Danja Vasiliev

(1978) is a Russian-born media artist, critical engineer and educator who works extensively in the field of computer technology, focusing on critical examination of the internet, personal data, and the intricacies of networked systems. His practice spans a wide range of activities including creating artworks, conducting workshops, and participating in public interventions that challenge the norms of digital culture and technology.

Vasiliev's approach is characterized by a hacker's perspective, where hacking is seen not just as a set of technical skills but as a philosophical stance towards technology and its impact on society. He often employs irony and subversion to highlight the absurdities and contradictions within digital and networked environments. His work is deeply rooted in the exploration of cybernetics, digital security, and the politics of technology, aiming to demystify and critique the power structures embedded in the digital world.

One of the key themes in Vasiliev's work is the concept of "critical engineering" a term he co-defined in The Critical Engineering Manifesto. This manifesto outlines a framework for understanding and engaging with technology critically, proposing that engineers and artists should not only use technology as a tool but also critically examine its role, function, and impact on society. The manifesto encourages the interrogation of technology to reveal its biases, assumptions, and potential implications for privacy, security, and autonomy.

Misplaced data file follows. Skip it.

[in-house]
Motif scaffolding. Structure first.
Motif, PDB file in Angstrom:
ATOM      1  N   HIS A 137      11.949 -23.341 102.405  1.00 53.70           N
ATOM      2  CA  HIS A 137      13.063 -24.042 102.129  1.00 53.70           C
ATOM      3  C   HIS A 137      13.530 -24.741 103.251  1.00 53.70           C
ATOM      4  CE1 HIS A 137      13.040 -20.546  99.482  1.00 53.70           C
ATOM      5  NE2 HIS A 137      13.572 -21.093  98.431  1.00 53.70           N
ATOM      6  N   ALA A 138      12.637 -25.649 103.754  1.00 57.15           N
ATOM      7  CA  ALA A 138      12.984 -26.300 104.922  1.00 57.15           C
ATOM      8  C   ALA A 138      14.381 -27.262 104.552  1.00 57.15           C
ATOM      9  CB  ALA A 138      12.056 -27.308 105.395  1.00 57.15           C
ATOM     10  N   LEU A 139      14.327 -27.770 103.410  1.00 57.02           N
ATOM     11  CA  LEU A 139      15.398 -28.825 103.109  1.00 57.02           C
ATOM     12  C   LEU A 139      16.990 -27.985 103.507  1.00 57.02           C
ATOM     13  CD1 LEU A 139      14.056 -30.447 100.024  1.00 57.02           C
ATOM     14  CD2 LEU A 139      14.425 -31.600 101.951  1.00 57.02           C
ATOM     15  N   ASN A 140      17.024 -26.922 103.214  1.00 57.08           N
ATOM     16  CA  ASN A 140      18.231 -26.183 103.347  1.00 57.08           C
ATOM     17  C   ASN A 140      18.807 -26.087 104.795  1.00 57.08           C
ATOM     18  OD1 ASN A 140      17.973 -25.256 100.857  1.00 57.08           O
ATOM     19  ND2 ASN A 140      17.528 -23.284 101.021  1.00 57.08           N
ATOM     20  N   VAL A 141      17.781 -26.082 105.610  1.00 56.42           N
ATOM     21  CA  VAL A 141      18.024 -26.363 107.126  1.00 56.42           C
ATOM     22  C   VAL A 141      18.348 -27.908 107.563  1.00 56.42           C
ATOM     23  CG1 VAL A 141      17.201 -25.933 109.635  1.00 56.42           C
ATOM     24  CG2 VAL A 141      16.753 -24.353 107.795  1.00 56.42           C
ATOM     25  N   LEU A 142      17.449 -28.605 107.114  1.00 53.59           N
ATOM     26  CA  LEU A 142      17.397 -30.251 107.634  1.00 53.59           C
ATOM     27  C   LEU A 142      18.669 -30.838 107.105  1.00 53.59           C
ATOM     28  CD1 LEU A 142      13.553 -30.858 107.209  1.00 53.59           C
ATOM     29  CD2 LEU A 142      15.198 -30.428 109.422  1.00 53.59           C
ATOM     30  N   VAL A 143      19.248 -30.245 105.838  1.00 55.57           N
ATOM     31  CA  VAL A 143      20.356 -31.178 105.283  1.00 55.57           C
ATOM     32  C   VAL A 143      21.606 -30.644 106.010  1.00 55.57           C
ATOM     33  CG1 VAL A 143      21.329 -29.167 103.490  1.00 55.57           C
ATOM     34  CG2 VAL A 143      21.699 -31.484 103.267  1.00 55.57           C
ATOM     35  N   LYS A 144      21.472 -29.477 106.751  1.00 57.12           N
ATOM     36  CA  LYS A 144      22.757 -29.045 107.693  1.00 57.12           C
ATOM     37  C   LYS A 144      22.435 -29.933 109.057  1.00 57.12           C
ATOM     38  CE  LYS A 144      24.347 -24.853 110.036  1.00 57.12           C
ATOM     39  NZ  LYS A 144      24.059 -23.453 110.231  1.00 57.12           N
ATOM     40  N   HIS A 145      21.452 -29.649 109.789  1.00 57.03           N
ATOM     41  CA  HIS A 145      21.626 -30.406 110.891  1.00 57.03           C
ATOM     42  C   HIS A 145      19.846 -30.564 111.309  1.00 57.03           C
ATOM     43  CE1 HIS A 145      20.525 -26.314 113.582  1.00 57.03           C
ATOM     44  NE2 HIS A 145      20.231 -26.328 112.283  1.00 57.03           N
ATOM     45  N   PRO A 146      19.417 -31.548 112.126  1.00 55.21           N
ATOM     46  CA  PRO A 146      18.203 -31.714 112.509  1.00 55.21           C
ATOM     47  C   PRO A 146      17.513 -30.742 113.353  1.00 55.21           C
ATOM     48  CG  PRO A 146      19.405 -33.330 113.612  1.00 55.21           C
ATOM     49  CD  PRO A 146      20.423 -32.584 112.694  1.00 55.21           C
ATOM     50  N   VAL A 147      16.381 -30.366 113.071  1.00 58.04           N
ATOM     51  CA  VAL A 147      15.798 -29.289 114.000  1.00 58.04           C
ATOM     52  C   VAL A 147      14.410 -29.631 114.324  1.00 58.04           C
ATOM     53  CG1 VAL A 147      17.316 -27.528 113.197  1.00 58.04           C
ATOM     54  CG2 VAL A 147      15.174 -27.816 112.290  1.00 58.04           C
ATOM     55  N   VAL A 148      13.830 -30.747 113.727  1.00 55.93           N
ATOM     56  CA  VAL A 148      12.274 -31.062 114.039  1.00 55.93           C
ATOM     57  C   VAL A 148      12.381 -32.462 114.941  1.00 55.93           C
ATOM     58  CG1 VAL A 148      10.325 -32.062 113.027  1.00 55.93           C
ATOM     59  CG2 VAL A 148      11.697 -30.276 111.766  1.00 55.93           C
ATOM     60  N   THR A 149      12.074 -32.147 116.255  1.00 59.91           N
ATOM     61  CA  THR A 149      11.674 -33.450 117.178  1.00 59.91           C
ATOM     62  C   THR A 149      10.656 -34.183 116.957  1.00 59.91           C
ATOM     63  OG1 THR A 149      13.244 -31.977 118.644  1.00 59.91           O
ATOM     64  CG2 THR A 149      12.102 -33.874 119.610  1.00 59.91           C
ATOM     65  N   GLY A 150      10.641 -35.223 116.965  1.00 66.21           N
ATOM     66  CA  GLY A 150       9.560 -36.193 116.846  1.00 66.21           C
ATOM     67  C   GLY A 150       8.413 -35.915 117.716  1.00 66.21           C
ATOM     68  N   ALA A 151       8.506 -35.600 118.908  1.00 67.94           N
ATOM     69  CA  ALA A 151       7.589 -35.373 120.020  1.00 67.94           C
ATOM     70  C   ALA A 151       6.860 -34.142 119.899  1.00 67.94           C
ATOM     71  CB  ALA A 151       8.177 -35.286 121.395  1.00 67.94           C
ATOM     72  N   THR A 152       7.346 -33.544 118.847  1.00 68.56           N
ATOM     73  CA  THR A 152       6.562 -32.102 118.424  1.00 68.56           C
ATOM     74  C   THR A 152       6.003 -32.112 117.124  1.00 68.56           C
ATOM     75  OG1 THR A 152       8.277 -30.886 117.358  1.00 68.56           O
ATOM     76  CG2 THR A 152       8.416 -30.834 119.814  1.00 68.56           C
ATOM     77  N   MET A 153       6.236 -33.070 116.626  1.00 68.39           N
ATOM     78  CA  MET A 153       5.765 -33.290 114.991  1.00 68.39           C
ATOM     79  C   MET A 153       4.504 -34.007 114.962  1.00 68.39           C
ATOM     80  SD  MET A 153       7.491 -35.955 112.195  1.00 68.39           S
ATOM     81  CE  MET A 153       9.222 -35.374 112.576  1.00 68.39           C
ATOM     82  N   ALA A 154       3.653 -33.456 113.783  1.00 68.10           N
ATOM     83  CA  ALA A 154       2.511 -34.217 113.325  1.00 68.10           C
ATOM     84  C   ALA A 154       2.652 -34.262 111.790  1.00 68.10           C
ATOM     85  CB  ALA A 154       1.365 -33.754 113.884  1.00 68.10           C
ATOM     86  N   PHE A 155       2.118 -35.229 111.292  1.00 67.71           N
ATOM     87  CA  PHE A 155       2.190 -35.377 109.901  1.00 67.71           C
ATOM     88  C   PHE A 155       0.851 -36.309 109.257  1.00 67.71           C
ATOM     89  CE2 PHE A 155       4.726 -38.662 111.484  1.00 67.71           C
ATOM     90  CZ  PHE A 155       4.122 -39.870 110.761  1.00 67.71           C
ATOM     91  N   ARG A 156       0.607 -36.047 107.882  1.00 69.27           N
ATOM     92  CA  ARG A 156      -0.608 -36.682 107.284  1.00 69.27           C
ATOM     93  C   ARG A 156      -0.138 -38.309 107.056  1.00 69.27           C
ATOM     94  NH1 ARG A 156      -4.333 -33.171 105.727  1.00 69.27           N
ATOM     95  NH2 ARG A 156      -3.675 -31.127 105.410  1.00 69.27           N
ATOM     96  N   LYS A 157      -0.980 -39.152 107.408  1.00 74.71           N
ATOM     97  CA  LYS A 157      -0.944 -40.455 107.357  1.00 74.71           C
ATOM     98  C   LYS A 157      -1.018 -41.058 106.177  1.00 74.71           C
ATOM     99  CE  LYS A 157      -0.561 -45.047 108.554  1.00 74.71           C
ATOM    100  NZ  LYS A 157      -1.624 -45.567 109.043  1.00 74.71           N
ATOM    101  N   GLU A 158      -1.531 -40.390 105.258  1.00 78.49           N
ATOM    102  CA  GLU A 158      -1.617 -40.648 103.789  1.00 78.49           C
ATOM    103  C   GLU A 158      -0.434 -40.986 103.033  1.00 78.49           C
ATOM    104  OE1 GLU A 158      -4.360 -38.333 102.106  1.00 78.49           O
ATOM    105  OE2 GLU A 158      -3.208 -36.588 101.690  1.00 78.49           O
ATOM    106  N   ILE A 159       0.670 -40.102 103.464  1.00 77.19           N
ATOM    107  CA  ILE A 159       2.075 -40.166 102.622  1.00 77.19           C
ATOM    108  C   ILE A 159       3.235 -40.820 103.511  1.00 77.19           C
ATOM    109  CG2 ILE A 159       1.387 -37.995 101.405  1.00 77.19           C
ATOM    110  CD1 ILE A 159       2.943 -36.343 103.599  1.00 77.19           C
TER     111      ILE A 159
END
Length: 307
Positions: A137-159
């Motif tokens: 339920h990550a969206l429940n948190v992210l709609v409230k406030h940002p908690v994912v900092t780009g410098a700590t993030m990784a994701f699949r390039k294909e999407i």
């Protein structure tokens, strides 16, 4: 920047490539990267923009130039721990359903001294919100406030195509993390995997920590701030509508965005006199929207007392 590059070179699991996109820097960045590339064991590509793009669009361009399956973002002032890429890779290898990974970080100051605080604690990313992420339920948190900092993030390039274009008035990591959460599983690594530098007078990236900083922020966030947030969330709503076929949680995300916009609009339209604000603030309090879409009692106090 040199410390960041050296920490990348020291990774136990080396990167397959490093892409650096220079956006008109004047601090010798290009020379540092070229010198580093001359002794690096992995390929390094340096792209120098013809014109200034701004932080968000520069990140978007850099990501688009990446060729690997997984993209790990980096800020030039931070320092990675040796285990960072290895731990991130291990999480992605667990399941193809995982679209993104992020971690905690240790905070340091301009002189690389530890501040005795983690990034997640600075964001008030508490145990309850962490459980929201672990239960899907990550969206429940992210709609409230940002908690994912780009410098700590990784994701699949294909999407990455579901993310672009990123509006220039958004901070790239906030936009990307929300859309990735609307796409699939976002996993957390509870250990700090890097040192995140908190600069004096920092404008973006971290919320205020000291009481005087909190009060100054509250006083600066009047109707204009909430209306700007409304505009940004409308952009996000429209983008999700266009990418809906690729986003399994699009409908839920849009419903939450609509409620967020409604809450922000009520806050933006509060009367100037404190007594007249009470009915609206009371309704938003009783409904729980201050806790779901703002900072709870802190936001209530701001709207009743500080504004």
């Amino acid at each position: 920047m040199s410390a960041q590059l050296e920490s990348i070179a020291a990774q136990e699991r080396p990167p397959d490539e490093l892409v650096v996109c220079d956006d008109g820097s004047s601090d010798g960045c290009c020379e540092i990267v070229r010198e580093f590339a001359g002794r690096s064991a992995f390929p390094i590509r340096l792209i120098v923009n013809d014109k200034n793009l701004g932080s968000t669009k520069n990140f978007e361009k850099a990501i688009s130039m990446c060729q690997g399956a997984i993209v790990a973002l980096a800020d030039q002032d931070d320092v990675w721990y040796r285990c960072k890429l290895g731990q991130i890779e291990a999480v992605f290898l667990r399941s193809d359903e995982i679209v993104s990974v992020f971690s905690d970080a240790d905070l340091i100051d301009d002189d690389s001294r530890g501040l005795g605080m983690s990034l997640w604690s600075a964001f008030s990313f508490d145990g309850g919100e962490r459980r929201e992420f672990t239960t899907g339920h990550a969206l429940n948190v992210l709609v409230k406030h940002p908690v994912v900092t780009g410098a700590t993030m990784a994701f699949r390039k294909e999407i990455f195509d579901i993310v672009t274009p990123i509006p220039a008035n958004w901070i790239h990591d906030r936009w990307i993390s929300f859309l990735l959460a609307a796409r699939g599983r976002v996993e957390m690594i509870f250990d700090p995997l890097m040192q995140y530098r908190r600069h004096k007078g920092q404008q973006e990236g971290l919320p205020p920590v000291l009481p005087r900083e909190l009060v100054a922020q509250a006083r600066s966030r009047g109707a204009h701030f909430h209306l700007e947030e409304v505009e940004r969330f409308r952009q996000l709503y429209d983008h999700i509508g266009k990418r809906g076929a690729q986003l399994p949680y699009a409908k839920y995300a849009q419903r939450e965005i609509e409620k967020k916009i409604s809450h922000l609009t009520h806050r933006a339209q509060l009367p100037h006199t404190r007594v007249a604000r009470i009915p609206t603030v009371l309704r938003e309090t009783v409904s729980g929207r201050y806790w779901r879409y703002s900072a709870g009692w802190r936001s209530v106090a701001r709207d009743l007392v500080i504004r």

Vasiliev's projects often involve the creative misuse of technology to reveal its vulnerabilities and to question the control mechanisms inherent in digital systems. For example, he has created works that manipulate network infrastructure to expose how personal data is collected, stored, and utilized, thereby critiquing surveillance capitalism and the commodification of personal information.

In addition to his solo projects, Vasiliev collaborates with other artists and technologists on various initiatives. He is a co-founder of the Critical Engineering Working Group homed at Studio Weise7 in Berlin, which organizes workshops, exhibitions, and interventions aimed at fostering a deeper public understanding of the critical role of engineering in society. Through these collaborative efforts, Vasiliev seeks to engage a broader audience in discussions about the ethical, political, and social dimensions of technology.

Overall, Danja Vasiliev's practice is a provocative and insightful examination of the digital world, offering a critical lens through which to view the increasingly technologized society. His work challenges us to consider the implications of our reliance on digital technologies and to rethink our relationship with the networked systems that shape contemporary life.

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